In another Deep South state, Mississippi, it was recorded in the field from the playing of old time fiddlers Stephen B. Tucker, John Hatcher and W.E. Claunch (Mississippi Department of Archives and History). The tune was listed for sale on cylinders in a 1901 Columbia catalogue and in the same format the next year by Edison (Standard Cylinder 8202, played by Len Spencer, Oct. 1902 {The tune was re-released as "Return of the Arkansas Traveler" in 1910 by the same company [Standard Cylinder 10356]}). Edison also released a version played by Joseph Samuels in Nov. 1919 contained in the "Devil's Dream Medley" (1st tune). Texas fiddler Eck Robertson's (a duet with fiddler and Confederate veteran Henry Gilliland) recording of the piece for Victor records (backed by "Sallie Gooden") was the third best-selling record of 1923 (although it had been released in a limited pressing a year earlier). The piece was "very popular" at Southwest dances around turn of the century, according to Arizona fiddler Kenner C. Kartchner. It was cited as having commonly been played for dances in Orange County, New York, in the 1930's (Lettie Osborn, New York Folklore Quarterly), and appears in Vance Randolph's list of traditional Ozark Mountain tunes he recorded for the Library of Congress in the early 1940's. Finally, it was recorded as having been in the repertory of Maine fiddler Mellie Dunham, Henry Ford's national champion old-time fiddler, and regularly played by him in the 1920's. During the 78 RPM era the Kessinger Brother's 1928 recording of “Arkansas Traveler” was released in Québec under the title “Reel des voyagers” (Melotone M18020).

Additional notes
Source for notated version : - Frank George (W.Va.) [Krassen]; James Marr (Mo., 1948) [Bayard]; eleven Pa. sources [Bayard]; Gordon Tanner (Dacula, Gwinnett County, Ga.) [Rosenbaum]; Jim Bowles (Rock Bridge, Monroe County, Kentucky, 1959, played with fiddle tuned ADae) [Titon]; Doc Roberts (Ky.) [Milliner & Koken]; Edden Hammons (W.Va.) [Milliner & Koken].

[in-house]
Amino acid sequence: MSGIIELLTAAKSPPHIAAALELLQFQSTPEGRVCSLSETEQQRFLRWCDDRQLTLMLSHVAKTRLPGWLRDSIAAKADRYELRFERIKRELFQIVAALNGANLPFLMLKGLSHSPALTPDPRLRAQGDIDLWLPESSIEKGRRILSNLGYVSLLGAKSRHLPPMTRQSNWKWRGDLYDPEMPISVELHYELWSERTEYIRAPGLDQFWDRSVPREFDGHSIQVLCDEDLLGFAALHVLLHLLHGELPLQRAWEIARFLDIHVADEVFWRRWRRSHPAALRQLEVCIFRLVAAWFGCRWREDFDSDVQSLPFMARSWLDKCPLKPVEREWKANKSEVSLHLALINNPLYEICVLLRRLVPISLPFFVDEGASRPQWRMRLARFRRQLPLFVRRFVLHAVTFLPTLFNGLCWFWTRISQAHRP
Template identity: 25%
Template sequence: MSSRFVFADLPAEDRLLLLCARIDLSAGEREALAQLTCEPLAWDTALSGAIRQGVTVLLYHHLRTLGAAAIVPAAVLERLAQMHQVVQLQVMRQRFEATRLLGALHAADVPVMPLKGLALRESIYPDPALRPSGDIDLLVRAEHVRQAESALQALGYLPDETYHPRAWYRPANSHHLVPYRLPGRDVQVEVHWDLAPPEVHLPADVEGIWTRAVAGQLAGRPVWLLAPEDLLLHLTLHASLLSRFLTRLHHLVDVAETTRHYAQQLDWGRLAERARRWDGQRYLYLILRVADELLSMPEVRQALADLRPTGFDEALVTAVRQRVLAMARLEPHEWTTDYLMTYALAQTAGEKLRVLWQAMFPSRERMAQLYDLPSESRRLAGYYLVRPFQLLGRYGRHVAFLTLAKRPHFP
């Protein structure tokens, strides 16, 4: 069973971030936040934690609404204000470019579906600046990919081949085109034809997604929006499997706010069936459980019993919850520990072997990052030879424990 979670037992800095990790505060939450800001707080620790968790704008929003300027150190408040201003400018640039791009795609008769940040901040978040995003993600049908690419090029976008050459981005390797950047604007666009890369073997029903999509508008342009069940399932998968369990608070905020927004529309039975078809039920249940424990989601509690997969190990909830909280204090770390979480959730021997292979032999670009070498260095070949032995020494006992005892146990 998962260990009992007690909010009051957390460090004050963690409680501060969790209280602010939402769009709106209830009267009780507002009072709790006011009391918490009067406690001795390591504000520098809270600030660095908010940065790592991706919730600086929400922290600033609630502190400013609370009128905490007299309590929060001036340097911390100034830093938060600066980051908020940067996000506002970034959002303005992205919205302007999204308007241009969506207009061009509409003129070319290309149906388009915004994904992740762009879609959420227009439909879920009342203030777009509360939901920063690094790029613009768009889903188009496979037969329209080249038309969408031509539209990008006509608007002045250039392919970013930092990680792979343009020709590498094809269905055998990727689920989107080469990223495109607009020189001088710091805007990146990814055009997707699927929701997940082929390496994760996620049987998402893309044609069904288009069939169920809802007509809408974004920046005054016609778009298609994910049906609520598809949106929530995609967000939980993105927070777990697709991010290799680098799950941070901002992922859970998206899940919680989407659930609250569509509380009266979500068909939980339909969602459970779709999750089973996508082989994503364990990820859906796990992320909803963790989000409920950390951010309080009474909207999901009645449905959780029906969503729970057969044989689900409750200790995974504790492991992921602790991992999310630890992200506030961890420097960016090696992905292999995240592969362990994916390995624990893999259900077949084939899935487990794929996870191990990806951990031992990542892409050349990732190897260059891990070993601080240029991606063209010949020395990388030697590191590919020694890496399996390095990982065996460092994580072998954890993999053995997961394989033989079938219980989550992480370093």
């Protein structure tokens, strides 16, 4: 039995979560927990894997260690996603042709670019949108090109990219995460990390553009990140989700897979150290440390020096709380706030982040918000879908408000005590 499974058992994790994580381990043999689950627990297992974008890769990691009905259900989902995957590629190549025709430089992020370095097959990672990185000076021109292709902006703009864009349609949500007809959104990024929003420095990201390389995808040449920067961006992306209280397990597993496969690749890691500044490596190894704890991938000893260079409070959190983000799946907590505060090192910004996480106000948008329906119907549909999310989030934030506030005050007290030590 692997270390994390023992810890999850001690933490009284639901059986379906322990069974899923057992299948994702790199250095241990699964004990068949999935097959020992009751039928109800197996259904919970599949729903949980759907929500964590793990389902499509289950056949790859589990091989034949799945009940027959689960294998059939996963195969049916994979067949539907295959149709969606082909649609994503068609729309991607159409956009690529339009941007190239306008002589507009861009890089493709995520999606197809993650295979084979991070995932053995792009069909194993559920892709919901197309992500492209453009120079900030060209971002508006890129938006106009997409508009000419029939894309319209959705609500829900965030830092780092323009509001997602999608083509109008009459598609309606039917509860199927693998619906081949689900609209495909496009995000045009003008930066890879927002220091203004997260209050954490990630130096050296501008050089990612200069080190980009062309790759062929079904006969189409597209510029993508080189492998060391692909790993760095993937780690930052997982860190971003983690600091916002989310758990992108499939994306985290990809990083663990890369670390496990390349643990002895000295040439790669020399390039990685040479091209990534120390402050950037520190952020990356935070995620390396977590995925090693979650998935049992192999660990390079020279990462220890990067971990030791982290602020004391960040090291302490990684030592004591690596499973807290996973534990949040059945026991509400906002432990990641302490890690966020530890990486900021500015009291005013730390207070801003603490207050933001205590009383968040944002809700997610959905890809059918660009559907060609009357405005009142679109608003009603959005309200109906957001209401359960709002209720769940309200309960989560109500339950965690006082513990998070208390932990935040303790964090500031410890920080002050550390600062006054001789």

Printed sources : - E.F. Adam (Old Time Fiddlers Favorite Barn Dance Tunes), St. Louis, 1928, No. 37, p. 15. Bayard (Dance to the Fiddle), 1981; No. 20 (appendix), p. 580; No. 74, p. 49 (an odd variation); and No. 316, pp. 267–271. A.S. Bowman (J.W. Pepper's Collection of Five Hundred Reels, Jigs, etc.), 1908; No. 249, p. 51. Brody (Fiddler's Fakebook), 1983; p. 25–26 (3 versions – 1 Bluegrass). Buckley (Buckley's New Banjo Method), 1860; p. 30. Burchenal (American Country Dances, vol. 1), 1917; p. 58. Cazden (Dances from Woodland), 1945; p. 25. Cole (1000 Fiddle Tunes), 1940; p. 4. Dunham (50 Fiddlin' Dance Tunes), 1926; No. 7, p. 5. Ford (Traditional Music of America), 1940; p. 46. Frank Harding (Harding’s Original Collection), 1897; No. 190, p. 60. Howe (Musician's Omnibus, No. 1), 1863; p. 47 (a curious, minimalist version for contra dancing). Jarman (Old Time Fiddlin' Tunes), 1938. Johnson (Kitchen Musician No. 2: Old-Timey Fiddle Tunes), 1988 (revised 2003); p. 1. Kerr (Merry Melodies, vol. 1); No. 5, p. 22. Krassen (Appalachian Fiddle), 1973; p. 44 (includes 'A' part variation). Linscott (Folk Songs of Old New England), 1939; p. 83 ("The Country Dance"). Clare Milliner & Walt Koken (Milliner-Koken Collection of American Fiddle Tunes), 2011; pp. 12-13 (two versions). O’Neill (Waifs and Strays of Gaelic Melody), 1922; No. 238. Phillips (Fiddle Case Tunebook: Old Time Southern), 1989; p. 3. Phillips (Traditional American Fiddle Tunes, vol. 1), 1994; p. 17. Robbins Music Corp. (The Robbins collection of 200 jigs, reels and country dances), New York, 1933; No. 80 p. 26. Rosenbaum (Folk Visions and Voices: Traditional Music and Song in North Georgia), 1983; pp. 106–107. Ruth (Pioneer Western Folk Tunes), 1948; No. 30, p. 12. Ryan's Mammoth Collection, 1883; p. 26. Shaw (Cowboy Dances), 1943; p. 390. Sweet (Fifer's Delight), 1964; p. 53. Titon (Old Time Kentucky Fiddle Tunes), 2001; No. 3, p. 34. White's Unique Collection, 1896; No. 171, p. 32.